Don’t Panic!: Is the Iraq War over?

The Iraq war is over in the same way that daytime is over if you close your curtains.

The last U.S. combat troops left Iraq on August 19. War over. Woohoo!

Take that, you stupid 9/11 terrorists who had absolutely nothing at all to do with Saddam Hussein or Iraq. Boo ya!

No. Wait. Upon further review, it turns out the war isn’t exactly over.

The combat troops are out, but there are still roughly 50,000 non-combat troops in Iraq. Iraq still has the third largest foreign deployment of U.S. troops in the world. Afghanistan, site of the War On Terror™’s other big clusterf**k, has the most.

Care to guess which country hosts the second largest foreign deployment of U.S. troops?

(Pause for you to Google).

That’d be Germany, which is haus-away-from-home for approximately 54,000 U.S. military personnel. Fun fact: The U.S.’s active combat operations in Germany ended 65 years ago. You probably know that particular active combat operation by its other name: World War II.

Is there a difference between combat and non-combat troops in Iraq? Seriously. Did you just ask that stupid question? I mean, technically, I’m the guy who typed it — but did you really just ask that stupid question?

The answer, of course, it that combat troops are, like, totally different from non-combat troops. Combat troops wear camouflage, are heavily armed, and shoot at people sometimes. Non-combat troops, on the other hand, wear camouflage, are armed heavily, and shoot at people on occasion. See? TOTALLY DIFFERENT.

In Pentagon-speak, our stragglers remain in Iraq in a training and advisory capacity. The U.S. trains Iraqi forces, provides critical logistical support, and handles repair and maintenance on Iraq’s high-tech military equipment (equipment formerly known as American).

Combat vs. non-combat troops is a misleading term. Just because someone isn’t firing a rifle at an enemy or dropping a bomb from the sky doesn’t mean he or she isn’t engaged in or essential to combat.

The bulk of the people involved in every military enterprise are “non-combat” personnel. Think of it like a professional football game. Each team has 11 people on the field who are playing the game, but probably ten times that many on the sidelines, in a skybox, in the locker room, or at a doctor’s office buying steroids; the performance of all of whom is essential to on-field success.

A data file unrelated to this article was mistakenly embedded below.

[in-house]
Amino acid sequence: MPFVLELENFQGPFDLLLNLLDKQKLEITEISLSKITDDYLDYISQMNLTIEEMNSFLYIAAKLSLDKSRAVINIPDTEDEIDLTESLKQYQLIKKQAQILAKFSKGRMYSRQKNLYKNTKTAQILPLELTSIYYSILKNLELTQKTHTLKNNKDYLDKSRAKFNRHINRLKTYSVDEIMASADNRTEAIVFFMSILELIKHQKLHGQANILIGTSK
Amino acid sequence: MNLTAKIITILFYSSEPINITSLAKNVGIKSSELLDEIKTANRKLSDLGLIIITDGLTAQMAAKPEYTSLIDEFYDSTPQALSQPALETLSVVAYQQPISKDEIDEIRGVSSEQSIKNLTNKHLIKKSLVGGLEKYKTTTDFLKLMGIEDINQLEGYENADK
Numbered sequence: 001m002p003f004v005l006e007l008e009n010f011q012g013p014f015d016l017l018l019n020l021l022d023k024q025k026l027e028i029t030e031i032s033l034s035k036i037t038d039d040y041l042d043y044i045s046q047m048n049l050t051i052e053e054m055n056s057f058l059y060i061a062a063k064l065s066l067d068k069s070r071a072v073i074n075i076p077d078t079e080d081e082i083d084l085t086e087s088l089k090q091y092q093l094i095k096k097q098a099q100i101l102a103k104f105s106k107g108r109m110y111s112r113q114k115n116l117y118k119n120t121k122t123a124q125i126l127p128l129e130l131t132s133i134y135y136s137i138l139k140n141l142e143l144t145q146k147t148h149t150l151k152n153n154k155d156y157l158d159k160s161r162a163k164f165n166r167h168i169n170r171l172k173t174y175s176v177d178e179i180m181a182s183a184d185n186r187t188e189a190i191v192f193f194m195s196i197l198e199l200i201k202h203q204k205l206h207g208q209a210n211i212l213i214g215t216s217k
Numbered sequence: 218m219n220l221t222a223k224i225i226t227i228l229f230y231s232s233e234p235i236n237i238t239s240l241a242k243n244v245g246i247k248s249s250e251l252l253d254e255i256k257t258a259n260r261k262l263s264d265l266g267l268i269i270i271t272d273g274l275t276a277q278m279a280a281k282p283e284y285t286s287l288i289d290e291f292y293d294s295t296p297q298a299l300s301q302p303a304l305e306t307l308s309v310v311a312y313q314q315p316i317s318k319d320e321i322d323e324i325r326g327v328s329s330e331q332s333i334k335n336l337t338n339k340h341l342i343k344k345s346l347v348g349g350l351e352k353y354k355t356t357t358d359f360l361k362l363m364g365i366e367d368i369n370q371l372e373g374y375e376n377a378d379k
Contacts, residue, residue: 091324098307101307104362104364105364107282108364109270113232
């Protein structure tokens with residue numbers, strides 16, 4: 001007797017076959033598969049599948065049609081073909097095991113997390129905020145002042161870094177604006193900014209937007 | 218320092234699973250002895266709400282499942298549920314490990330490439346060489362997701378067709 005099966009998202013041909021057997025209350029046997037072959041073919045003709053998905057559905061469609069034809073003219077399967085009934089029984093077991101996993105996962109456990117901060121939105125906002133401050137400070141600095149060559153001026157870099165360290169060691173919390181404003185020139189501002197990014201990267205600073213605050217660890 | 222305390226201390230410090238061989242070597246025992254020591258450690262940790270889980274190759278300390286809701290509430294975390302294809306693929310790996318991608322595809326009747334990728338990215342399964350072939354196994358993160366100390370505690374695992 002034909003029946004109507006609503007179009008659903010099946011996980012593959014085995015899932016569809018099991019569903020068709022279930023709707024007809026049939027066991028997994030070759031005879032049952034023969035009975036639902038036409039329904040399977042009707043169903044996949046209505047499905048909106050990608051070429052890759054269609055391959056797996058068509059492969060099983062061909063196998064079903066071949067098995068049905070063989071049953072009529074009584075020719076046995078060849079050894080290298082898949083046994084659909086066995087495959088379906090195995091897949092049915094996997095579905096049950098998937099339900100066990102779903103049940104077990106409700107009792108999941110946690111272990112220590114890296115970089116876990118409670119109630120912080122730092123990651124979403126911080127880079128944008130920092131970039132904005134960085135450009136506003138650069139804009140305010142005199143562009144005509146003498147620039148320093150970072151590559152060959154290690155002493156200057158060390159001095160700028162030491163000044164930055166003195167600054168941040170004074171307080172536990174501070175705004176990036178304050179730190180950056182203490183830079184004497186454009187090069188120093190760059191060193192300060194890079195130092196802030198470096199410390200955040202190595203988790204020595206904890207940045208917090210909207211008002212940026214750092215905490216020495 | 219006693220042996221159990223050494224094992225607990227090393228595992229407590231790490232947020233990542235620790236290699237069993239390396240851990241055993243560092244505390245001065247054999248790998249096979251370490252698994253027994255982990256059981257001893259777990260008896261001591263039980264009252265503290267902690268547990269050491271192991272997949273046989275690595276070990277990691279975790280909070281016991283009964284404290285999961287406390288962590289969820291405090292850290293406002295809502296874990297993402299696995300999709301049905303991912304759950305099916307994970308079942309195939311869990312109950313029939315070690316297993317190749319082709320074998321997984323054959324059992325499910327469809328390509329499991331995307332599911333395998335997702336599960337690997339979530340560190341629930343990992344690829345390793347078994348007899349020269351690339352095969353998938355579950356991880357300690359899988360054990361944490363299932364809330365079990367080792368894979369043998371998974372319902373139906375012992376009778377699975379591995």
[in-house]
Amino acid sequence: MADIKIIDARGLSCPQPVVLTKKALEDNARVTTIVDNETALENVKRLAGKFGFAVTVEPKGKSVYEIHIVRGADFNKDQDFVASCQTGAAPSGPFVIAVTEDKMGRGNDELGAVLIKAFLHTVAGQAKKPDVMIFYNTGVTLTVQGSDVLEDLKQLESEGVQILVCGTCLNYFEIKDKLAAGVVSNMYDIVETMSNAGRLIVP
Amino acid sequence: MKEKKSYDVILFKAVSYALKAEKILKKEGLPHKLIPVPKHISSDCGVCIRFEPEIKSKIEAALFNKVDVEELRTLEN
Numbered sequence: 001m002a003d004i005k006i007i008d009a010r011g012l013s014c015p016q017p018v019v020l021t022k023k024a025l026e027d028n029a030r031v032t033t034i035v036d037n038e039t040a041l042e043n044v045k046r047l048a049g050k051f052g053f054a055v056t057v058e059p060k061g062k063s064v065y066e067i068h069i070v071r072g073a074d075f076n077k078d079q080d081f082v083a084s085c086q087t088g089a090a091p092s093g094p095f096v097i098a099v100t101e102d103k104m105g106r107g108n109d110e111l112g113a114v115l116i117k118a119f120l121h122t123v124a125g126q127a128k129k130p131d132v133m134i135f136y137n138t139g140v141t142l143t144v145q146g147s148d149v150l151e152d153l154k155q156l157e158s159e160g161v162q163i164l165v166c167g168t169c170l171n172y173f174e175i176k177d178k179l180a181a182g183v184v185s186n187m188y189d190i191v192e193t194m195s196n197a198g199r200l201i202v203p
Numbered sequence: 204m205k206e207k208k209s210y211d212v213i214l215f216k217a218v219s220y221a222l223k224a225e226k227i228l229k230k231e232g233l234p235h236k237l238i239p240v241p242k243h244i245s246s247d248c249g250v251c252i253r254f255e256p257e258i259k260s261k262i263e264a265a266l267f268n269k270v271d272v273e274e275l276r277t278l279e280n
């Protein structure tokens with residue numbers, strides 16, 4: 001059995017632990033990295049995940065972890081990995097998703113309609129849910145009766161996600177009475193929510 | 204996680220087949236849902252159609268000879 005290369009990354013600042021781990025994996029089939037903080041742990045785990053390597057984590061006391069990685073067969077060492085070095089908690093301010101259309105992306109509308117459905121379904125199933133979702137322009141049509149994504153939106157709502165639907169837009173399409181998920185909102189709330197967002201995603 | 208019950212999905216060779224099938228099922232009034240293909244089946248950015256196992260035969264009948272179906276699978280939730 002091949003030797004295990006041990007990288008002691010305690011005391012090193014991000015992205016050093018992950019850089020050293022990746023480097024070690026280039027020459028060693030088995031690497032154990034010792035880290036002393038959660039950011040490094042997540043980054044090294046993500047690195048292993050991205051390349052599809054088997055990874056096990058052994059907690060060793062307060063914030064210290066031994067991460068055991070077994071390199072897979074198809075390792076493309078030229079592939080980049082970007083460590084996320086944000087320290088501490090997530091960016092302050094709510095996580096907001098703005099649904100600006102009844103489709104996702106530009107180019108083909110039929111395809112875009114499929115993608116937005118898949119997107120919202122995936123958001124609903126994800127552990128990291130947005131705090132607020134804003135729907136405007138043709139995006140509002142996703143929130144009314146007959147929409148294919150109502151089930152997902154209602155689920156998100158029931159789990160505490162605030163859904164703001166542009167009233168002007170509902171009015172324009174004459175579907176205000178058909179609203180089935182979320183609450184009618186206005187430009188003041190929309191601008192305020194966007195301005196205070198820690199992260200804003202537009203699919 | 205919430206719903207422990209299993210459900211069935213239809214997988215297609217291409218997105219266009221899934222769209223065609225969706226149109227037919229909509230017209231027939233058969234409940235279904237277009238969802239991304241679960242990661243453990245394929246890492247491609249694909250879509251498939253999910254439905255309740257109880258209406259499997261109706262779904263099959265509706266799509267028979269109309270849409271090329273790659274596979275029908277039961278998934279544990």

Here’s another way to look at combat vs. non-combat. A military jury at the U.S. prison camp at Guantanamo Bay in Cuba just recommended a 14-year prison sentence for an al Qaeda operative named Ibrahim Ahmed Mahmoud al Qosi. Al Qosi reportedly confessed to being Osama Bin Laden’s cook and driver. The U.S. military contends Al Qosi’s actions constitute an effort to “target, attack and murder civilians.” Repeat: he was the cook and driver.

Here’s the thing: I’m actually not disagreeing with the Pentagon’s assertion that al Qosi was essential to al Qaeda’s operations for while. I’m just saying let’s not delude ourselves into thinking that 50,000 American troops in Iraq aren’t actually combat troops fighting a war. If a terrorist’s driver is a terrorist, then a humvee armor polisher is a combatant. Combat vs. non-combat is not a distinction we make with our enemies. Let’s not make it with ourselves.

We should be honest with ourselves and admit the Iraq war isn’t over. The “end of combat operations” is a public relations device designed to divert attention from a war with no real end in sight. Iraqis know this. They admit this. Iraq’s top general says Iraqi troops won’t be able to secure Iraq without U.S. help until 2020.

War in Iraq will continue, with or without our “combat” troops. Saddam Hussein was indeed a big bundle of evil in a compact, hairy package. But removing him the way Bush did unleashed a fury whose core causes — sectarian and ethnic strife — remain unresolved.

On March 7, Iraq held relatively free parliamentary elections. But nearly six months later, Iraqis haven’t formed a government because the country’s parties fundamentally distrust each other. Each is afraid is the other will use its whatever department it controls to attack and kill its opponents.

Democracy isn’t when you vote. Democracy is when you honor the results of the voting. If Iraq’s party leaders can’t even pretend to get along, that’s a strong sign the war we started isn’t over — even if we leave.